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Comment "Second Covers" (Score 2) 54

UFOs are often convenient cover for secret Re:Carl Saganflight tests.

That gives the government an incentive to encourage UFO nuts.

A lot of the cold-war-era "conspiracy theories" sound like "second cover" stories. That's a psychological technique for diverting investigation into some large-enough-to-be-worth-the-effort secret project. Works like this:

Plant TWO cover stories. The first is plausible but misdirection. The second is fruitcake-nuts (but ideally has aspects that look attractively like actual artifacts of the project being hidden). Somebody investigating what is going on first hits the first cover. If he accepts it, fine. If he notices it doesn't quite fit and digs deeper, he finds the obviously screwy second cover. Oops? Now what?

The tendency of the more rational is to reject it - but bounce back to the first cover and give up there. The less well-hinged may report the second cover (much to the glee of the security people). Few are going to keep digging past both to discover some approximation of what's really going on - and if they DO get there and talk about it in public, if they happen to have said anything related to the second cover story (or even if the HAVEN'T), they can be debunked by painting them as having accepted the self-evidently tinfoil-hat-grade second cover story and propagating a variant of it.

The "conspiracy theories are always wrong and insane" meme is very convenient for this as well (as it is for any actual conspirators B-) )

Comment Re:Carl SaganUFOs are often convenient cover for s (Score 1) 54

UFOs are often convenient cover for secret flight tests.

Wasn't there a not too long ago release of government info-or-whatever about the Roswell incident?

Story was that one of the things they were testing there was the reentry mechanism for the upcoming (and still very cold-war-secret-military-tech) mercury launches, by lifting various model reentry vehicles to the edge of the atmosphere using weather balloons and dropping them . Not all that good a model of the heating, but a great way to check whether it would end up flying heat-shield-first until it was at low-atmosphere terminal velocity and time for the 'chutes.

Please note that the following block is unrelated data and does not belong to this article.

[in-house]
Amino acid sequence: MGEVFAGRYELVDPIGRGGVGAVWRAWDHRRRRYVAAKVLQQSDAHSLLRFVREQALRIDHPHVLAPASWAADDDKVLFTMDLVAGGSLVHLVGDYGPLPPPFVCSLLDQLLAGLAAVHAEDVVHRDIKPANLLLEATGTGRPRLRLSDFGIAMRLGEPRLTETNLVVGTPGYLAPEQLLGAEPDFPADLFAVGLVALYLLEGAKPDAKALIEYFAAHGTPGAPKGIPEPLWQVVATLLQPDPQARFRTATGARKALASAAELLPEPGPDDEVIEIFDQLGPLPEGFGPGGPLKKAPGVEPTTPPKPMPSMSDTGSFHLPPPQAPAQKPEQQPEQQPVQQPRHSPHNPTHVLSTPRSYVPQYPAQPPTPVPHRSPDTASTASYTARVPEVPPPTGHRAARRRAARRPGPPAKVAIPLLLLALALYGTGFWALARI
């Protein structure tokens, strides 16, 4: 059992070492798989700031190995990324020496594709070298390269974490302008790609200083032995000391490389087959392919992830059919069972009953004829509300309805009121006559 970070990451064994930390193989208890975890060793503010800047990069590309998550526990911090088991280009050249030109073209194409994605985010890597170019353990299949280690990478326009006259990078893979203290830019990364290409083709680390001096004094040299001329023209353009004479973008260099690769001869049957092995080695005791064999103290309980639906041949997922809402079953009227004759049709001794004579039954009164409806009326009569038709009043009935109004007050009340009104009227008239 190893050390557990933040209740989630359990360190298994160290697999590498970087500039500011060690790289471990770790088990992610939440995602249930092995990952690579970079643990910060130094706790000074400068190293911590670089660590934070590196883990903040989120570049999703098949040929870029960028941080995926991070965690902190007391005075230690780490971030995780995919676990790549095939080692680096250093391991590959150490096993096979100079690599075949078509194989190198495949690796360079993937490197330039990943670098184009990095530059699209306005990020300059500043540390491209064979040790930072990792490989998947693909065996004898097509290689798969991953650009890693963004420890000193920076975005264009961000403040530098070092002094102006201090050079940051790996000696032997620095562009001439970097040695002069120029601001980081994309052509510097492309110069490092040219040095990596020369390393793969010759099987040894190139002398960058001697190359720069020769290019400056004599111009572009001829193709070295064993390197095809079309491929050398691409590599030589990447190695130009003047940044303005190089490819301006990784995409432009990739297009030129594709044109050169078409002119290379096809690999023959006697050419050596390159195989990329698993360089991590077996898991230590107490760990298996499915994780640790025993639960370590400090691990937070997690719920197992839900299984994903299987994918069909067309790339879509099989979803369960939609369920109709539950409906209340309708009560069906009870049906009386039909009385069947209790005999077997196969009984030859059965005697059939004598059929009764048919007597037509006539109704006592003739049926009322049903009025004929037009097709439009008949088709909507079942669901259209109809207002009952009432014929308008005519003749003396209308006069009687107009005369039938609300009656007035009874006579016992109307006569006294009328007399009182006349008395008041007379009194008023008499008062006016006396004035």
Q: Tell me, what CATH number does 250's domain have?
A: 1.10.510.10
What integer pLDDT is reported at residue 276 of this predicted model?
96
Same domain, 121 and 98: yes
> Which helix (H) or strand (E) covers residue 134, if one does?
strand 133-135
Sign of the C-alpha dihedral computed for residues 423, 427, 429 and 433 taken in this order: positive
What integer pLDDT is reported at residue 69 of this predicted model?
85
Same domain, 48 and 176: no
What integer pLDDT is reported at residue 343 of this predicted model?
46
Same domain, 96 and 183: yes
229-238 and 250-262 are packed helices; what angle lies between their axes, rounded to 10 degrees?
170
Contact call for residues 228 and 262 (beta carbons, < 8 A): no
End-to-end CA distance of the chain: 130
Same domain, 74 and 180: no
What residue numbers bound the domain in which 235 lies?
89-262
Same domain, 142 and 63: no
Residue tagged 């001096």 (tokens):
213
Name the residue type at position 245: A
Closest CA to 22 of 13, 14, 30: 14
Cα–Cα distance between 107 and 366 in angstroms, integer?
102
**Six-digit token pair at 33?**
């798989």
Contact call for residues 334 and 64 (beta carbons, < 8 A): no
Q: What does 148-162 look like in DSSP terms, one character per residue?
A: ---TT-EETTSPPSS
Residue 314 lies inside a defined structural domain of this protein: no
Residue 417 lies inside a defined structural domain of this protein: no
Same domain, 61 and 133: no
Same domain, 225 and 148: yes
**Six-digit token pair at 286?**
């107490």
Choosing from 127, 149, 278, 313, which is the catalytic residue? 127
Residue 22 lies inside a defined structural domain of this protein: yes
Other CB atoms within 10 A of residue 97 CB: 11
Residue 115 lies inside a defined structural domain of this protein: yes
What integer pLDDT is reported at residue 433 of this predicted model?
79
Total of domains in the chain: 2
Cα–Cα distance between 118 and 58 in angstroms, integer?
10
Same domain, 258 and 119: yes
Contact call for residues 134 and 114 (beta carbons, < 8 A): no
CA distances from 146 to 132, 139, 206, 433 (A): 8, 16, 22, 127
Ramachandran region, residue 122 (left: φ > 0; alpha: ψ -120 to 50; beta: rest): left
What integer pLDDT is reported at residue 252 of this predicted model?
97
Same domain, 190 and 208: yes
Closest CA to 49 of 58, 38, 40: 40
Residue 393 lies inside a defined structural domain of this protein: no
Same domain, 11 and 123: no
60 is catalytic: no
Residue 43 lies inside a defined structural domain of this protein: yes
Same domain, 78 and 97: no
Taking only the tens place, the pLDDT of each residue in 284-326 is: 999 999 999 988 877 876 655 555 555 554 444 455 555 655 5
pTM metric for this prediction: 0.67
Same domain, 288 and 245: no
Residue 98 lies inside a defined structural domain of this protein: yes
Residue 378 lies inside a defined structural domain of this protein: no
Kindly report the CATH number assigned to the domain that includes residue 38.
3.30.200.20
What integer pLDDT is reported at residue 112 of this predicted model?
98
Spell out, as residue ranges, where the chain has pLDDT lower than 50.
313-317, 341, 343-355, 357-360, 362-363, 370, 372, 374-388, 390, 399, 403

Video showed a mercury capsule heat-shield, with retro-pack still attached, upside-down on sawhorses-or-the-like in a hanger. Looked very much like the canonical flying-saucer artwork of the era, and the picture was given as an explanation for the story of a passerby seeing what looked like a flying saucer in a hanger.

Comment Re:How can they stop this (Score 1) 118

guys thing that supper and a few drinks entitles them to sex

I suspect most guys don't think that at all.

Of course, women that let a man buy them dinner and a few drinks because they wants a free dinner and some drinks and have every intention of telling him to fuck off are nothing to admire either.

Women that refuse to sleep with a man because he invited them to share the costs of dating deserve to die lonely too.

Yeah, I can understand a man expecting women to be a little more honest and sharing. Luckily these days that's more frequently the case.

Comment Re: Not gonna happen (Score 3, Insightful) 325

His point is that there aren't really any oil companies left anymore. Most of the 'big oil' companies are now fairly diversified energy companies. Fusion would be great for them, because it has very large capital costs, but huge return on investment, meaning that only companies with experience in power systems and a lot of spare capital will be in a good place to be first movers. They wouldn't want to kill this, they'd want to own it and be the first to provide electricity in the kinds of quantities promised by fusion.

Comment Re:Reads Like An Ad (Score 5, Insightful) 325